FIG. 11 shows the load current (I.sub.L) during a lamp non-strike occurrence.
FIG. 12 is a timing diagram during pre-heat of the control circuit of the present invention.
FIG. 13 shows the closed loop over-current control circuit of the present invention.
FIG. 14 is a timing diagram of the over-current control circuit of the present invention.
FIG. 15 is a block diagram of the lamp presence detection circuit of the present invention.
FIG. 16 are timing waveforms for the lamp presence detection circuit.
FIG. 17 is a circuit diagram and accompanying truth table for the burst logic of the lamp presence detection circuit.
FIG. 18 shows the timer circuit of the lamp presence detection circuit.
FIG. 19 is a timing diagram of the lamp presence detection circuit.
FIG. 20 is a schematic diagram showing the multiple lamp presence detection circuit in conjunction with a triple parallel lamp configuration and the ballast driver circuit.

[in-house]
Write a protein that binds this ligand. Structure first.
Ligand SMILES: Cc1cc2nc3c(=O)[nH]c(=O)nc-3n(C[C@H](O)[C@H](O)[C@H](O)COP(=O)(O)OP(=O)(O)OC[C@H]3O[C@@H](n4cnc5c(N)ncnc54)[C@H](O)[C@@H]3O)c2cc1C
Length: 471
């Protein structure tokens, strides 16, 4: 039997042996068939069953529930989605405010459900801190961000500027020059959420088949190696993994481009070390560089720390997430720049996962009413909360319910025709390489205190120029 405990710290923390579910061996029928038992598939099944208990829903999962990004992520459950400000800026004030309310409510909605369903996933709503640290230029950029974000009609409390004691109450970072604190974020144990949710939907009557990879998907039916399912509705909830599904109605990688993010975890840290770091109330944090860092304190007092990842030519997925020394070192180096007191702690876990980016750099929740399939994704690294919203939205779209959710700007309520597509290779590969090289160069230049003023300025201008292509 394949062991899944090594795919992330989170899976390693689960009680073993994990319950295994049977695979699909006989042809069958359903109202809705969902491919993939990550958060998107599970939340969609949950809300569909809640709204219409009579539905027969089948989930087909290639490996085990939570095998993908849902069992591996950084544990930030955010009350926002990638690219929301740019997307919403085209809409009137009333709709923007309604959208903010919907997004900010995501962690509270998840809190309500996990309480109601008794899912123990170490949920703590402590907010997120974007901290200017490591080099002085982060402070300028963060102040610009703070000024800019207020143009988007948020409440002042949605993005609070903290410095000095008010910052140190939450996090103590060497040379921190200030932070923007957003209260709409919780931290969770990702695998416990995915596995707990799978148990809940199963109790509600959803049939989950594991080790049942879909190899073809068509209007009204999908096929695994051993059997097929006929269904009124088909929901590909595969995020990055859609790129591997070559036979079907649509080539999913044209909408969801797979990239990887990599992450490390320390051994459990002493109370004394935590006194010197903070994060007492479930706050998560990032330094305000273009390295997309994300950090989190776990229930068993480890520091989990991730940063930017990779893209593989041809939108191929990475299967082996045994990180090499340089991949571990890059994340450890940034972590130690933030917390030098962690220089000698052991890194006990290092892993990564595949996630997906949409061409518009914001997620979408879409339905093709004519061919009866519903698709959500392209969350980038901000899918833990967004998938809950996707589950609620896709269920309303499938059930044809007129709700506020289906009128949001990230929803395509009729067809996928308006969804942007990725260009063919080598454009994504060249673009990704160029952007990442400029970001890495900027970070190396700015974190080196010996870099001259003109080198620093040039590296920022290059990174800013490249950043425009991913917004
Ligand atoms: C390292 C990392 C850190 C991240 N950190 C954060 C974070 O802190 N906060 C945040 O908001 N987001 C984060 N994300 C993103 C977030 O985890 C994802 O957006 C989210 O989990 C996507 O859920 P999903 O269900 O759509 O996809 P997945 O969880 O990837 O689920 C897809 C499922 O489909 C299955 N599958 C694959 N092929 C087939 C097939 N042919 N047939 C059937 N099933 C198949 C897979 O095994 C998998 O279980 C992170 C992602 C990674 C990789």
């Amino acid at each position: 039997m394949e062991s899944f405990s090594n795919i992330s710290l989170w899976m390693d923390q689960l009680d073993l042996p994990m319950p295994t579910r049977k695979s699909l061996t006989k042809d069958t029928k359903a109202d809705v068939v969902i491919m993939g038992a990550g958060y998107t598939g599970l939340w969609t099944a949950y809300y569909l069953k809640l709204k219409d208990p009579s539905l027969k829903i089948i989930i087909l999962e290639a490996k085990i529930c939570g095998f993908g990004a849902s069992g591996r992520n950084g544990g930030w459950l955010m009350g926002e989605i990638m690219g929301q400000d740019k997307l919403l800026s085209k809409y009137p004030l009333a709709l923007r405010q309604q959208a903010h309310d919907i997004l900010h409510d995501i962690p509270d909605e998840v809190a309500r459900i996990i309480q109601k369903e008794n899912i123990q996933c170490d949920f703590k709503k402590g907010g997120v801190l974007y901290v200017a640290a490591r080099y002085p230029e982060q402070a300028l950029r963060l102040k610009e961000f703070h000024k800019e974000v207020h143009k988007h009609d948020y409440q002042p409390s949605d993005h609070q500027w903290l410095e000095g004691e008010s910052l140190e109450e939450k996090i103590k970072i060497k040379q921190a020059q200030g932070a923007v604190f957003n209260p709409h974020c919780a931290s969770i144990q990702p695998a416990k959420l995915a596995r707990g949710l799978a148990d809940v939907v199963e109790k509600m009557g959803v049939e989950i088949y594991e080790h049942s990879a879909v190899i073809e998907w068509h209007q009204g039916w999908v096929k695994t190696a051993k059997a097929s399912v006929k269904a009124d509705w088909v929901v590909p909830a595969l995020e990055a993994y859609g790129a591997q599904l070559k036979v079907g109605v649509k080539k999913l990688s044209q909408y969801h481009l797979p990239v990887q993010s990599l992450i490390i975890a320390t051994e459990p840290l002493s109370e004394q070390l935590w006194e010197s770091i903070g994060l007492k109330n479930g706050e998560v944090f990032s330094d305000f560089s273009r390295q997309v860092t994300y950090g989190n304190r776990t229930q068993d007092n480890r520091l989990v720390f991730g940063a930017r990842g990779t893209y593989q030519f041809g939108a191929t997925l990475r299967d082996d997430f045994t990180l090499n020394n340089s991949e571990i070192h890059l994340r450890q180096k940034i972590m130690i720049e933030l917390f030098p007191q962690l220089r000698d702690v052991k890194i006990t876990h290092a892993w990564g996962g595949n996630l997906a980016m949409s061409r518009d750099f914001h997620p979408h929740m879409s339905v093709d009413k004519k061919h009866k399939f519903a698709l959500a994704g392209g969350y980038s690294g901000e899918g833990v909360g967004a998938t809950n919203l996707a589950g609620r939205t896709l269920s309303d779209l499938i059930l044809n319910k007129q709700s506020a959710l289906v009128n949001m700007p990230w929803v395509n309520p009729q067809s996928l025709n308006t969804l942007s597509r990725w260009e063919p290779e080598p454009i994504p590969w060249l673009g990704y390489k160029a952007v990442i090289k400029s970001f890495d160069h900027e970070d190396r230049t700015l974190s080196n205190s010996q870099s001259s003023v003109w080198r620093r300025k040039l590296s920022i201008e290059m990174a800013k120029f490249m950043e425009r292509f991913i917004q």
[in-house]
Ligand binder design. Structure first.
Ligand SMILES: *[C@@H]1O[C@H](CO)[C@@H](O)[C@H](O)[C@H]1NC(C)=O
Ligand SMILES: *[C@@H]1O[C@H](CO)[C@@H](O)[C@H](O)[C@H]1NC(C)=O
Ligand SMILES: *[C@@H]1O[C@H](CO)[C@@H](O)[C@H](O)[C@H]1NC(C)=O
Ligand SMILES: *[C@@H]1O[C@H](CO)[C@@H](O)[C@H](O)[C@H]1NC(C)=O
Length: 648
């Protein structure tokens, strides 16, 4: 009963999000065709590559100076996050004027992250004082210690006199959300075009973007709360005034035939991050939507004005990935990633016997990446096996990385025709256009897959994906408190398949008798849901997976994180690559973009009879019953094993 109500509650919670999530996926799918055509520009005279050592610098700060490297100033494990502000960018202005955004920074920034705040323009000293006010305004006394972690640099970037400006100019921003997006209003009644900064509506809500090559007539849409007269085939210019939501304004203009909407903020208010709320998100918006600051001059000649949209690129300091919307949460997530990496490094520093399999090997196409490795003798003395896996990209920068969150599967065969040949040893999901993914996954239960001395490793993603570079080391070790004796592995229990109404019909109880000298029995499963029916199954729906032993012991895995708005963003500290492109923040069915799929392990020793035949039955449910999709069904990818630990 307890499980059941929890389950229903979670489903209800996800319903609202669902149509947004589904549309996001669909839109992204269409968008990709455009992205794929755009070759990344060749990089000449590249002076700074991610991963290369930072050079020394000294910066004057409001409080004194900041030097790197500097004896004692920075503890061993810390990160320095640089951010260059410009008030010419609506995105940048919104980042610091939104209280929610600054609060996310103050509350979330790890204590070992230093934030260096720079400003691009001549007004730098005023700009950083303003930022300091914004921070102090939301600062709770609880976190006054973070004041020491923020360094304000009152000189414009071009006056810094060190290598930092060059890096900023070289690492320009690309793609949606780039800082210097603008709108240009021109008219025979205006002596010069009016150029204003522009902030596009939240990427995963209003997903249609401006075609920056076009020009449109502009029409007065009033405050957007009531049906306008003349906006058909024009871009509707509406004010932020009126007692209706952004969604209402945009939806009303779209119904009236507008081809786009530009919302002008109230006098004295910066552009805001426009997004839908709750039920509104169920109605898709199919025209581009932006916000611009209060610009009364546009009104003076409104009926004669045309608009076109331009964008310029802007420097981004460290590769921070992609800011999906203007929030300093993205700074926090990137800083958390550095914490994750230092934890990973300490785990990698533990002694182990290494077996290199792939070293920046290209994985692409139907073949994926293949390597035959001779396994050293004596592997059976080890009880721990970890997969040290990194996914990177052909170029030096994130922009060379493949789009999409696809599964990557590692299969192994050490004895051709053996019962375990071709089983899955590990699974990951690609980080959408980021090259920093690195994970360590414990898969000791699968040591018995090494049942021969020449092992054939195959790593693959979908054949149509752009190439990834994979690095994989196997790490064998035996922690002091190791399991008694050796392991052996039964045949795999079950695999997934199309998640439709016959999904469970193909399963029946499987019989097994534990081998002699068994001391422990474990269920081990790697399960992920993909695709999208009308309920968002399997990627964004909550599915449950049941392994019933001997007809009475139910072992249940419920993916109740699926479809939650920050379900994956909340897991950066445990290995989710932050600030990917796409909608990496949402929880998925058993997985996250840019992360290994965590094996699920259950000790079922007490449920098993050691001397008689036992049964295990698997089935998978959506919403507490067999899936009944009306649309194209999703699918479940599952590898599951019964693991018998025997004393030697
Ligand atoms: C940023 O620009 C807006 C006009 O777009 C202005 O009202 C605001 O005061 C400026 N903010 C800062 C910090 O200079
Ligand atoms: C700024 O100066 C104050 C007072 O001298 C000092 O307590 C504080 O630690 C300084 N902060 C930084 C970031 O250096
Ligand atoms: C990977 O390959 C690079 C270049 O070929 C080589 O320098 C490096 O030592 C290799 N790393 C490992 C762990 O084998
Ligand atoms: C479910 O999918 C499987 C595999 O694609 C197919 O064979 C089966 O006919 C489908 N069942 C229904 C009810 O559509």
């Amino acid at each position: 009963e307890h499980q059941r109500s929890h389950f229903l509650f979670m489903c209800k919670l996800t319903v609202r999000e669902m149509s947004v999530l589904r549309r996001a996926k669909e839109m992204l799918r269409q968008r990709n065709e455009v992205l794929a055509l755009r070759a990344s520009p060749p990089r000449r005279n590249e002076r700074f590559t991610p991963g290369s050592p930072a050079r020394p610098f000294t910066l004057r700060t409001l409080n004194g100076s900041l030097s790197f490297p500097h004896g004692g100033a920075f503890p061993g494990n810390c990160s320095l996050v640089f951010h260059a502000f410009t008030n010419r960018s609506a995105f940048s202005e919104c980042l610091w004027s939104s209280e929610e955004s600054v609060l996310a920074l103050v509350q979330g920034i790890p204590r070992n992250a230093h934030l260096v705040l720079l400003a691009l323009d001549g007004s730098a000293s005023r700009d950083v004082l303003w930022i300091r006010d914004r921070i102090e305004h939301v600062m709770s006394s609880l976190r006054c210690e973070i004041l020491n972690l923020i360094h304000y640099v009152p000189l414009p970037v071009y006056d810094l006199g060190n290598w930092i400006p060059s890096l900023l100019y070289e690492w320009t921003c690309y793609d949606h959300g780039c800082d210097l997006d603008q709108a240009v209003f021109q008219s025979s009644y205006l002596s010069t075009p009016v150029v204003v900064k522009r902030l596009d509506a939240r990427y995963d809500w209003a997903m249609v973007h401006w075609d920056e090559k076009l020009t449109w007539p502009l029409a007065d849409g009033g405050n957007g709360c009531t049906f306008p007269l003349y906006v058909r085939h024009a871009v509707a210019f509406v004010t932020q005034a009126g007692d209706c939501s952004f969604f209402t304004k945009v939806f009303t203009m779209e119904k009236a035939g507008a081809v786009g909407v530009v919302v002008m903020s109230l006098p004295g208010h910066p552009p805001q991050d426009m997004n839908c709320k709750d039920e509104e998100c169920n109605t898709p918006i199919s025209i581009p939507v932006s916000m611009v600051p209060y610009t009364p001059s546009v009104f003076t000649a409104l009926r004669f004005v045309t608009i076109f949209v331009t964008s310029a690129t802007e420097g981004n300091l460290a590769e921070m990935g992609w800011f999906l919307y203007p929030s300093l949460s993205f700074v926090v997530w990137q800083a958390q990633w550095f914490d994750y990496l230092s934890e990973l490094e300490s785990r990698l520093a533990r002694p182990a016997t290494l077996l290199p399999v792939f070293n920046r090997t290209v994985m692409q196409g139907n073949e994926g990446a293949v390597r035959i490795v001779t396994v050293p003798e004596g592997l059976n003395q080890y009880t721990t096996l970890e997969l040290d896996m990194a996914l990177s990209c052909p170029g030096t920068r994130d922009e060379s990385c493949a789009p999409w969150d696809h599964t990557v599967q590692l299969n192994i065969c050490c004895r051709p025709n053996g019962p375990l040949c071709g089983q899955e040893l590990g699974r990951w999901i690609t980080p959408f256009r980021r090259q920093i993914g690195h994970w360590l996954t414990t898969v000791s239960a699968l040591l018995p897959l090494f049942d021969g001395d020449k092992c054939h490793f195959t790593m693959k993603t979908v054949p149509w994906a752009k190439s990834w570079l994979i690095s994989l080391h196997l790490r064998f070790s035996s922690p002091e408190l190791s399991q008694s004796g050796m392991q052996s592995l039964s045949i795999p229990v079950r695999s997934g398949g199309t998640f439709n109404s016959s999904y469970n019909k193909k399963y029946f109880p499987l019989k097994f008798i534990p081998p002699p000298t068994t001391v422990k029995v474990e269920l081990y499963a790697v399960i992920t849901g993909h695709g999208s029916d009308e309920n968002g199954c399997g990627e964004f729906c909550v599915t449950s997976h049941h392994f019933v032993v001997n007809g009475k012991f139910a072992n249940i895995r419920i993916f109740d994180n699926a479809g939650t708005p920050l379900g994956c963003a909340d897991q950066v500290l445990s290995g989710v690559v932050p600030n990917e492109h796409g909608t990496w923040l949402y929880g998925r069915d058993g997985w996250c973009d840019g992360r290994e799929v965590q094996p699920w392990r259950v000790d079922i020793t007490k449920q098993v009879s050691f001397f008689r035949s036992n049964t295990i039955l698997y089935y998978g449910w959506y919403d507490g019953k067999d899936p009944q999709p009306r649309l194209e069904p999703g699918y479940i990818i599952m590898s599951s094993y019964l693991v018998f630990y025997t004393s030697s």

FIG. 21 shows the details of the multiple lamp detection circuit.
FIG. 22 is a timing diagram of the multiple lamp presence detection circuit.
FIGS. 23A and 23B show an alternative circuit and timing diagram for the multiple lamp presence detection circuit in which two switches are replaced with an OR gate.
FIG. 24 shows a traditional lamp resonant circuit.
FIG. 25 shows the closed-loop pre-heat current control circuit of the present invention.
FIG. 26 shows a timing diagram of the closed-loop current control circuit of the present invention.
FIG. 27 shows the analog dimming interface circuit of the present invention.
FIG. 28 shows the transfer function of the dimming interface circuit of the present invention.
1. Field of the Invention
The present invention relates to a gate driver circuit for MOS gated devices, and more specifically to a monolithic gate driver circuit for MOS gated devices, particularly those used in lamp ballast circuits.
2. Description of the Related Art